Methodological Issues in Researching Childhood and Children's Lives and its Consequences for Child Policy
Dr. Betz, Tanja
Arbeitsstelle Kinder- und Jugendpolitik Deutsches Jugendinstitut e. V. München, Deutschland
Children's Surveys are an increasingly common access to the research of children's lives and childhood.
Some childhood researchers are convinced that Children's Surveys allow to listen to children as persons of their own right. They see Children's Surveys as the direct and outspoken information of children about their life. Based on the results of the research findings a "briefed" child policy could be developed.
However, the adults' conceptions and images of children and childhood flow into childhood studies, i.e. into the conceptual considerations as well as into empirical research design, selection of indicators, method of collecting data and interpretation. The access to children and childhood has little in common with an "authentic" description - unaffected by adults - of the actual life of children. In fact, the constructions of childhood are connected with the (public) images of childhood today and the adult scientists' conceptions about "a successful life of a child". Amongst others, this constructions become obvious through the reference to concepts of children's needs, the sample and the concrete research questions.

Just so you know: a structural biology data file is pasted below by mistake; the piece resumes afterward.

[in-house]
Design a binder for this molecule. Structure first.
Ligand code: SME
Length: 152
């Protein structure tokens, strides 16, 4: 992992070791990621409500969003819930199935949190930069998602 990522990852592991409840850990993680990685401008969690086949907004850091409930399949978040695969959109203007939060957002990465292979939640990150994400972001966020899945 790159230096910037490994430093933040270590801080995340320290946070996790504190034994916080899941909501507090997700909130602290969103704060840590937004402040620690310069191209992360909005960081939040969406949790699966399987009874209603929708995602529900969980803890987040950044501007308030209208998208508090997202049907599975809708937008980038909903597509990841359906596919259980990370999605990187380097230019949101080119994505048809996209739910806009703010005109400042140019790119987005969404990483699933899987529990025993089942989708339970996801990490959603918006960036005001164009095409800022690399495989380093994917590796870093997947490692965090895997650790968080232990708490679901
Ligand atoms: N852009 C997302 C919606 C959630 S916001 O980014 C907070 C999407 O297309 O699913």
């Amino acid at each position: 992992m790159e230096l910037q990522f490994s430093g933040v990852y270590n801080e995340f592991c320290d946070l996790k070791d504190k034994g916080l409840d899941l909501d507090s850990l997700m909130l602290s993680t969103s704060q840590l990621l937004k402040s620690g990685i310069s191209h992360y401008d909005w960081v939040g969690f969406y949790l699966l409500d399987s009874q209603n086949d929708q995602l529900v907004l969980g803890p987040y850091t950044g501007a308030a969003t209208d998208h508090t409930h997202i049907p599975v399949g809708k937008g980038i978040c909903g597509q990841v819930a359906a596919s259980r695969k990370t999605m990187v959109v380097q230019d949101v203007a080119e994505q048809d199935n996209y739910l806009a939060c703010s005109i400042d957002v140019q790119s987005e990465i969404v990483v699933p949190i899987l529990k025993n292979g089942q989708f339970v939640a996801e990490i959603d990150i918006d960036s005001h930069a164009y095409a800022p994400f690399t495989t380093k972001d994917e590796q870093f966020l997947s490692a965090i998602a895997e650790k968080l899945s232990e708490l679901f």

It is essential to reflect these images, assumptions and constructions more intensively within the quantitative research process and to explore the effects of these images - in particular for specific groups of children which are of equal political relevance. This, in fact, evokes the question of how claims of child policies can be derived from these research findings.